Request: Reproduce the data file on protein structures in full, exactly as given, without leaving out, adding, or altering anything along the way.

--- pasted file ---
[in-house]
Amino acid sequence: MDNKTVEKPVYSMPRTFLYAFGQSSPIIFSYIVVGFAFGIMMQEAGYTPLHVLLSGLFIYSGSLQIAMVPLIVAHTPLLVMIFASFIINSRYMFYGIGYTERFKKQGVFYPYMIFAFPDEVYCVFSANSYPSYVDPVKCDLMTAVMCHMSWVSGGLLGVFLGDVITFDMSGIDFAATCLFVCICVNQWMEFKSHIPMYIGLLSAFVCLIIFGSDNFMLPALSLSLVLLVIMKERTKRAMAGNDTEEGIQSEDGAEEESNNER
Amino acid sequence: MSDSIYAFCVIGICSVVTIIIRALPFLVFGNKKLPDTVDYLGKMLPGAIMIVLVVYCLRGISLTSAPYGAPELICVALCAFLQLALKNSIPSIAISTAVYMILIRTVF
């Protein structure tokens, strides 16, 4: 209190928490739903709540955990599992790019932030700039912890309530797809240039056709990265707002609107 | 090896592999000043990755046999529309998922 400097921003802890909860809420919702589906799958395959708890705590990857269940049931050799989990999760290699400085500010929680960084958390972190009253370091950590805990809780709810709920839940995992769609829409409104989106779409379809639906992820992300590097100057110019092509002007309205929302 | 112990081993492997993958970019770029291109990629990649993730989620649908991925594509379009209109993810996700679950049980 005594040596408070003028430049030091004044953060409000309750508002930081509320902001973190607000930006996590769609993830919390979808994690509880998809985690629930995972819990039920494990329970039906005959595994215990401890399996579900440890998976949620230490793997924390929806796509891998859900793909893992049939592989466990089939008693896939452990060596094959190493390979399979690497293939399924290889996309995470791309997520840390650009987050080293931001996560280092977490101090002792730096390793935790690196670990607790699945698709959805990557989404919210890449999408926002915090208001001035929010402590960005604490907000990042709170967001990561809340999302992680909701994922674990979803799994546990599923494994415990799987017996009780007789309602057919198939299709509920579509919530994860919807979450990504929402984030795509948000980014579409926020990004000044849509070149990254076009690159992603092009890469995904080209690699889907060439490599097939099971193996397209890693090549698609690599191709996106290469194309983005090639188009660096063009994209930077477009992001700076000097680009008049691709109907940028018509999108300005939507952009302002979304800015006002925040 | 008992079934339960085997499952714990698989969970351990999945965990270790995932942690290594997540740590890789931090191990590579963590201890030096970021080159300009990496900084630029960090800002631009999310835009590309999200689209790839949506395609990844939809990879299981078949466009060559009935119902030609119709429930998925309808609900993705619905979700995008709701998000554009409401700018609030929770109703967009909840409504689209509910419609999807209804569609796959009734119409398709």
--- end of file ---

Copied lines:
[in-house]
Amino acid sequence: MDNKTVEKPVYSMPRTFLYAFGQSSPIIFSYIVVGFAFGIMMQEAGYTPLHVLLSGLFIYSGSLQIAMVPLIVAHTPLLVMIFASFIINSRYMFYGIGYTERFKKQGVFYPYMIFAFPDEVYCVFSANSYPSYVDPVKCDLMTAVMCHMSWVSGGLLGVFLGDVITFDMSGIDFAATCLFVCICVNQWMEFKSHIPMYIGLLSAFVCLIIFGSDNFMLPALSLSLVLLVIMKERTKRAMAGNDTEEGIQSEDGAEEESNNER
Amino acid sequence: MSDSIYAFCVIGICSVVTIIIRALPFLVFGNKKLPDTVDYLGKMLPGAIMIVLVVYCLRGISLTSAPYGAPELICVALCAFLQLALKNSIPSIAISTAVYMILIRTVF
């Protein structure tokens, strides 16, 4: 209190928490739903709540955990599992790019932030700039912890309530797809240039056709990265707002609107 | 090896592999000043990755046999529309998922 400097921003802890909860809420919702589906799958395959708890705590990857269940049931050799989990999760290699400085500010929680960084958390972190009253370091950590805990809780709810709920839940995992769609829409409104989106779409379809639906992820992300590097100057110019092509002007309205929302 | 112990081993492997993958970019770029291109990629990649993730989620649908991925594509379009209109993810996700679950049980 005594040596408070003028430049030091004044953060409000309750508002930081509320902001973190607000930006996590769609993830919390979808994690509880998809985690629930995972819990039920494990329970039906005959595994215990401890399996579900440890998976949620230490793997924390929806796509891998859900793909893992049939592989466990089939008693896939452990060596094959190493390979399979690497293939399924290889996309995470791309997520840390650009987050080293931001996560280092977490101090002792730096390793935790690196670990607790699945698709959805990557989404919210890449999408926002915090208001001035929010402590960005604490907000990042709170967001990561809340999302992680909701994922674990979803799994546990599923494994415990799987017996009780007789309602057919198939299709509920579509919530994860919807979450990504929402984030795509948000980014579409926020990004000044849509070149990254076009690159992603092009890469995904080209690699889907060439490599097939099971193996397209890693090549698609690599191709996106290469194309983005090639188009660096063009994209930077477009992001700076000097680009008049691709109907940028018509999108300005939507952009302002979304800015006002925040 | 008992079934339960085997499952714990698989969970351990999945965990270790995932942690290594997540740590890789931090191990590579963590201890030096970021080159300009990496900084630029960090800002631009999310835009590309999200689209790839949506395609990844939809990879299981078949466009060559009935119902030609119709429930998925309808609900993705619905979700995008709701998000554009409401700018609030929770109703967009909840409504689209509910419609999807209804569609796959009734119409398709």